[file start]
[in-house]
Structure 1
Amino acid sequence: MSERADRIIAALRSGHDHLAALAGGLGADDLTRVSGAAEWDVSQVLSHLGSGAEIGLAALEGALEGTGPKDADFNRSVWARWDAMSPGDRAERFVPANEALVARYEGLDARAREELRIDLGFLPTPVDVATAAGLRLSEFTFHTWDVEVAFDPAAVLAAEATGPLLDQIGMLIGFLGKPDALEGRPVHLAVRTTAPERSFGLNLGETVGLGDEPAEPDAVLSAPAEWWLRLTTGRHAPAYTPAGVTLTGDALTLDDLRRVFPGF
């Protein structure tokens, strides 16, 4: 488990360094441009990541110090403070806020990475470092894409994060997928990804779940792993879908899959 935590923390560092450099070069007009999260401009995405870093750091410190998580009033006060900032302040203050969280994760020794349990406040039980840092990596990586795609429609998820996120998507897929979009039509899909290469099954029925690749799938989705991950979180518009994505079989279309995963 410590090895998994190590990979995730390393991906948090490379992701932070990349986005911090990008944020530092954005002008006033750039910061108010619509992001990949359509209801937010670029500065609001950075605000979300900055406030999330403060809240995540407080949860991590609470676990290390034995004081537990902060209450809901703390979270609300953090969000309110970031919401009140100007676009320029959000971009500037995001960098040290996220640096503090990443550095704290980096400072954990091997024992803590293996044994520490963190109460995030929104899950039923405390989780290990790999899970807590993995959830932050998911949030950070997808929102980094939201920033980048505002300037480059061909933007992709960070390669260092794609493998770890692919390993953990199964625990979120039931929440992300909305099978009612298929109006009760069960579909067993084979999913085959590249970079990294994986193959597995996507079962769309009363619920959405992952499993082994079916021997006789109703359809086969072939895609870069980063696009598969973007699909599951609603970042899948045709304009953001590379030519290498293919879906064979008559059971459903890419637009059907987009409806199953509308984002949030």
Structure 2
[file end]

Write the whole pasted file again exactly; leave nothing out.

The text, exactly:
[in-house]
Structure 1
Amino acid sequence: MSERADRIIAALRSGHDHLAALAGGLGADDLTRVSGAAEWDVSQVLSHLGSGAEIGLAALEGALEGTGPKDADFNRSVWARWDAMSPGDRAERFVPANEALVARYEGLDARAREELRIDLGFLPTPVDVATAAGLRLSEFTFHTWDVEVAFDPAAVLAAEATGPLLDQIGMLIGFLGKPDALEGRPVHLAVRTTAPERSFGLNLGETVGLGDEPAEPDAVLSAPAEWWLRLTTGRHAPAYTPAGVTLTGDALTLDDLRRVFPGF
């Protein structure tokens, strides 16, 4: 488990360094441009990541110090403070806020990475470092894409994060997928990804779940792993879908899959 935590923390560092450099070069007009999260401009995405870093750091410190998580009033006060900032302040203050969280994760020794349990406040039980840092990596990586795609429609998820996120998507897929979009039509899909290469099954029925690749799938989705991950979180518009994505079989279309995963 410590090895998994190590990979995730390393991906948090490379992701932070990349986005911090990008944020530092954005002008006033750039910061108010619509992001990949359509209801937010670029500065609001950075605000979300900055406030999330403060809240995540407080949860991590609470676990290390034995004081537990902060209450809901703390979270609300953090969000309110970031919401009140100007676009320029959000971009500037995001960098040290996220640096503090990443550095704290980096400072954990091997024992803590293996044994520490963190109460995030929104899950039923405390989780290990790999899970807590993995959830932050998911949030950070997808929102980094939201920033980048505002300037480059061909933007992709960070390669260092794609493998770890692919390993953990199964625990979120039931929440992300909305099978009612298929109006009760069960579909067993084979999913085959590249970079990294994986193959597995996507079962769309009363619920959405992952499993082994079916021997006789109703359809086969072939895609870069980063696009598969973007699909599951609603970042899948045709304009953001590379030519290498293919879906064979008559059971459903890419637009059907987009409806199953509308984002949030």
Structure 2